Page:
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Andre Brown was acquired on waivers from the Denver Broncos on Monday, October 18.  The Training Room takes a look at the investment from a medical perspective.

Brown’s injury history begins in October 2006 when, as a member of the North Carolina State Wolfpack, he fractured his left foot in the game against Florida State.  He underwent surgery and – defying all expectations – returned to the field less than a month later to complete the season.  During spring drills preceding the 2008-09 season, he fractured the foot again.  He underwent surgery, rehab, and went on to start all 13 games.

As a promising young back with the New York Giants, Brown suffered a ruptured Achilles tendon in practice on August 14, 2009.  According to the , an Achilles injury is usually the result of a “dynamic, forced dorsiflexion (forcing the foot and toes upward toward the leg) that stretches the tendon beyond its yield point.”  Brown was reported to have jumped up for a pass in the end zone and came down writhing on the ground; he likely landed with his weight too far forward over his left foot to cause the rupture.  He had surgery four days later, and spent the year in rehab.  He returned to the Giants this off-season, and although he was able to fully participate in all two-a-days in training camp, was released on September 4 as D.J. Ware beat him out to make the team.  The Broncos claimed Brown off waivers the next day, and have played a game of chicken with him ever since – waiving and signing him to their practice squad two weeks later, then re-signing him on September 21, and releasing him again on October 16 in what was supposed to be a short-term move.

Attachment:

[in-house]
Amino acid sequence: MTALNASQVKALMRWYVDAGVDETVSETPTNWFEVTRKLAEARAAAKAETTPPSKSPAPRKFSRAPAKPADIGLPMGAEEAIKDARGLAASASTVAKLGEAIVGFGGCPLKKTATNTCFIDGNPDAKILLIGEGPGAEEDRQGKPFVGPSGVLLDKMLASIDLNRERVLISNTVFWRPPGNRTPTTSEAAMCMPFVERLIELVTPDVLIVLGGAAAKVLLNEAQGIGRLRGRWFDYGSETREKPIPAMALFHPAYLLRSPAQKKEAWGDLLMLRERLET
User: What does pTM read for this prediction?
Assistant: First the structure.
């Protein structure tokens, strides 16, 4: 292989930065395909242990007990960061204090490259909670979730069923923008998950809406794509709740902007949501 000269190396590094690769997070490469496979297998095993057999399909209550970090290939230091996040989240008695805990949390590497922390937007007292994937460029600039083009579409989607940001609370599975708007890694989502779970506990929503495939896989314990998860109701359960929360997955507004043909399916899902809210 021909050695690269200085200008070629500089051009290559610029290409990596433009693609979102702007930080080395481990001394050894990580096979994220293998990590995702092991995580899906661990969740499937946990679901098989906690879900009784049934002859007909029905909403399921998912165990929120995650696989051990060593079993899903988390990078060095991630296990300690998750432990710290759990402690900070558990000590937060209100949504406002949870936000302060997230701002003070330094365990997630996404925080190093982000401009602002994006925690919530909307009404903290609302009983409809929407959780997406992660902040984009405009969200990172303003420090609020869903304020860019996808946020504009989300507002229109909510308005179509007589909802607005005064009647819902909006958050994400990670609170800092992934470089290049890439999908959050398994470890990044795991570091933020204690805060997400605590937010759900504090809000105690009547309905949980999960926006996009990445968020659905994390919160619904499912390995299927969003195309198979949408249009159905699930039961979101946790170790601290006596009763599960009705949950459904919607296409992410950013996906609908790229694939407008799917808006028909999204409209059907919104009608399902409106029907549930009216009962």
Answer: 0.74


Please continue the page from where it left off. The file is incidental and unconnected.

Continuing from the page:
Assessment: a running back with a history of leg/foot injuries is a bit concerning, and it is notable that all of the aforementioned injuries have been to Brown’s left leg/foot.  However, one thing is clear – Brown is TOUGH.  He has worked through a broken foot… twice… to return to the field far earlier than expected.  And he has seemingly defied the odds in his return from a significant tendon rupture to become at least a fringe player in the NFL.

Zach Berman of The Star-Ledger wrote about Brown’s battle to return to the field, including the mental hurdles he had to overcome while he tried to learn the offense from the sidelines and as he had to learn to trust his leg again.  Brown also claims to be even faster than he was before his injury.  If he is meant to bolster the backfield in Addai’s (hopefully temporary) absence, he will need to bring both that toughness and speed to bear.  Welcome to the Colts, Andre!